After a week with the Corona crisis raging, personal freedoms limited and Norwegians fixated on the wildly dramatic presidential election in the US, nothing seemed to be as it should. The feeling was compounded on Friday, when summer-like temperatures were reported in early November.
The seasonally low-lying sun was shining over most of Southern Norway, resulting in thermometer readings of 16C (60F) in Oslo. It was even more bizarre in the mountain of Folldal, known as an especially cold place at this time of year. It reported temperatures of 12.8C on Friday, nearly 30 degrees warmer than on the same day last year. That’s when it was minus-20C.
“These are very high temperatures for this time of year,” meteorologist Eldbjørg Moxnes told state broadcaster NRK. NRK noted that Folldal isn’t only known for extremely cold winters but also chilly summers. Its average temperature in July of this year was just 9.5C.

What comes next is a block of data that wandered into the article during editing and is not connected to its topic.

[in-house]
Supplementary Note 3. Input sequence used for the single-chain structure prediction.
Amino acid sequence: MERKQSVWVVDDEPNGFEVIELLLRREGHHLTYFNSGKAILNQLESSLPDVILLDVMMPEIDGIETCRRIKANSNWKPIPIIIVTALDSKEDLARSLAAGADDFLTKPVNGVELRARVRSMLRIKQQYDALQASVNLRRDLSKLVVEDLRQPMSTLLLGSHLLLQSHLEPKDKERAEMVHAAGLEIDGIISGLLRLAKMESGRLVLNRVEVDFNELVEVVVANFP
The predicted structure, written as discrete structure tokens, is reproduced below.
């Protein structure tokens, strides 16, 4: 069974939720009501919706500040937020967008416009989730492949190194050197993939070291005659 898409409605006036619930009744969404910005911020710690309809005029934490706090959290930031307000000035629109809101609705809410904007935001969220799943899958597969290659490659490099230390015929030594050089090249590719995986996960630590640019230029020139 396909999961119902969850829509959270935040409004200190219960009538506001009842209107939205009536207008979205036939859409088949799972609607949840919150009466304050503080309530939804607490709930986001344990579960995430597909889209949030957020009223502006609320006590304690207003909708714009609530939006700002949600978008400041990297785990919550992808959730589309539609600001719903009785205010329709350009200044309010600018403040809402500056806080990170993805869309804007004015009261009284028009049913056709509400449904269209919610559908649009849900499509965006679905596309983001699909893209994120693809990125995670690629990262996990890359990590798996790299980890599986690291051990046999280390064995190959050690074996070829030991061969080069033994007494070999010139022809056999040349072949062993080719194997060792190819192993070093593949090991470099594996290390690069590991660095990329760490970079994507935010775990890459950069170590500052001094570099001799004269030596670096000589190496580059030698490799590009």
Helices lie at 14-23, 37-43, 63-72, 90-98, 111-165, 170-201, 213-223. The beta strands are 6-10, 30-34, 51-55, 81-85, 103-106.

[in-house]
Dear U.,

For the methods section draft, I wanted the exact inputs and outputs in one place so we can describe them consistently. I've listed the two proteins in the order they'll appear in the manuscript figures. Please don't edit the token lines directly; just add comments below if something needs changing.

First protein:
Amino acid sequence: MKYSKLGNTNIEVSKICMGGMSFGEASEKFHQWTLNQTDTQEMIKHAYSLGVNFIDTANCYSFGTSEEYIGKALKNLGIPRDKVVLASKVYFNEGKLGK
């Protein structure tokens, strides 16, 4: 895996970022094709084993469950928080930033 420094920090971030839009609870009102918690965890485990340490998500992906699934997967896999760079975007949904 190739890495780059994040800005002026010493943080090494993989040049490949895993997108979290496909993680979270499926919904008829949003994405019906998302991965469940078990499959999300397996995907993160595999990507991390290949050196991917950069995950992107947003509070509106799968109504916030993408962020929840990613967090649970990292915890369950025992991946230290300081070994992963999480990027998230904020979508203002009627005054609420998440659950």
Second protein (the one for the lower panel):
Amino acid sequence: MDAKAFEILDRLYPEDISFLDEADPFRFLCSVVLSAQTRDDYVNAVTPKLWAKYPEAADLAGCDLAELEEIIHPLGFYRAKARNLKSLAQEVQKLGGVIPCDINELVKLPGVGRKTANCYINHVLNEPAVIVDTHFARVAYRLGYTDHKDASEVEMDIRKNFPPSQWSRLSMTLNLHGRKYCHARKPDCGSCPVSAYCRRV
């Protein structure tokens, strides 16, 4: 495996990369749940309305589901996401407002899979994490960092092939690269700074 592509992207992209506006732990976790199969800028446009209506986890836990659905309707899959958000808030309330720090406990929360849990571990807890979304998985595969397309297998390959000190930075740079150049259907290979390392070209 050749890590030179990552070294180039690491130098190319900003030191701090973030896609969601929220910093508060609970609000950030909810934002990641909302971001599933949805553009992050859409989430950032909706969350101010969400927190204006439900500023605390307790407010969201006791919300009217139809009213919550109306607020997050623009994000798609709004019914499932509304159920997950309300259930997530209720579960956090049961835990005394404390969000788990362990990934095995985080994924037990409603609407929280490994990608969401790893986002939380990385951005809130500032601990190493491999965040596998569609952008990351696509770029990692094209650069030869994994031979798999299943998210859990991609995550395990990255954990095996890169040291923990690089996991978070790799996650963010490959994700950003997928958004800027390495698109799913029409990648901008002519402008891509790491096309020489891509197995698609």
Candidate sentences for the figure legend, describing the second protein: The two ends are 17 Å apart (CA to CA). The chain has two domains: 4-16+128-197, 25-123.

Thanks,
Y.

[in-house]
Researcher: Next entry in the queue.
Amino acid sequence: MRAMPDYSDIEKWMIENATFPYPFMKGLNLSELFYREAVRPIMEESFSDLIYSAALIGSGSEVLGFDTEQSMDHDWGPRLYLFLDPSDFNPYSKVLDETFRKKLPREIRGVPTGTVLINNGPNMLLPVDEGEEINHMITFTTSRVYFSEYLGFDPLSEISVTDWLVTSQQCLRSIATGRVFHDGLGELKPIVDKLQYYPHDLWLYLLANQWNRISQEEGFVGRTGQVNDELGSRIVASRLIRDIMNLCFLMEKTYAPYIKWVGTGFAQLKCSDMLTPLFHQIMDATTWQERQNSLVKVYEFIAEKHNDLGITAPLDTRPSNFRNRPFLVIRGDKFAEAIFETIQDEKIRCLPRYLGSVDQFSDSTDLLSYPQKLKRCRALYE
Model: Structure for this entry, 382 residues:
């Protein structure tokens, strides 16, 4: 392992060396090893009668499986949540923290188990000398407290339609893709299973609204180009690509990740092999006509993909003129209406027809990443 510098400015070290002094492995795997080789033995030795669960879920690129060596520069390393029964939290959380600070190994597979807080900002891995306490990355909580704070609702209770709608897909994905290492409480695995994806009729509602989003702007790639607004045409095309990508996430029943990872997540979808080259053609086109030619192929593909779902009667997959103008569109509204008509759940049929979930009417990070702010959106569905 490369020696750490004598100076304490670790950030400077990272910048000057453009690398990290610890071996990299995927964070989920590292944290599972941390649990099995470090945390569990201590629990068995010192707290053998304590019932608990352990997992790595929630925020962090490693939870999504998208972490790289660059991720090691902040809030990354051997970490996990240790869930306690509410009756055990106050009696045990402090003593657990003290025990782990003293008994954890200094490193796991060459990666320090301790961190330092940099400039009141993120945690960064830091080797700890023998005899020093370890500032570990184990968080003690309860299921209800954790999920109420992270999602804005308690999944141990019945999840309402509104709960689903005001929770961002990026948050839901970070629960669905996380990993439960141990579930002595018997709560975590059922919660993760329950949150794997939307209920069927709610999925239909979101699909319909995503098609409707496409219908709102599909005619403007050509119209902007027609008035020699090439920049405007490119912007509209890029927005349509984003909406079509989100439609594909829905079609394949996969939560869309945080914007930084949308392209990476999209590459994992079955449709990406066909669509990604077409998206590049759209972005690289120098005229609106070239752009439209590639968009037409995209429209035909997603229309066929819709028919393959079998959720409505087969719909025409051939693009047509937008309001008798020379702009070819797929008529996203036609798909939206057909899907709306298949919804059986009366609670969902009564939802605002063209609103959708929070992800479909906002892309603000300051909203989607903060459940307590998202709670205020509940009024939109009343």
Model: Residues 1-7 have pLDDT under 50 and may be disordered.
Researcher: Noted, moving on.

Moxnes linked the suddenly high temperatures in Southern Norway on Friday to warm air masses combined with a southern wind that also yielded summerly temperatures during the night. It was 15.5C in Otta and a record 17.1C in Drammen.
The forecast heading into the weekend called for more sunshine, after weeks of rain. Temperatures, though, were likely to dip.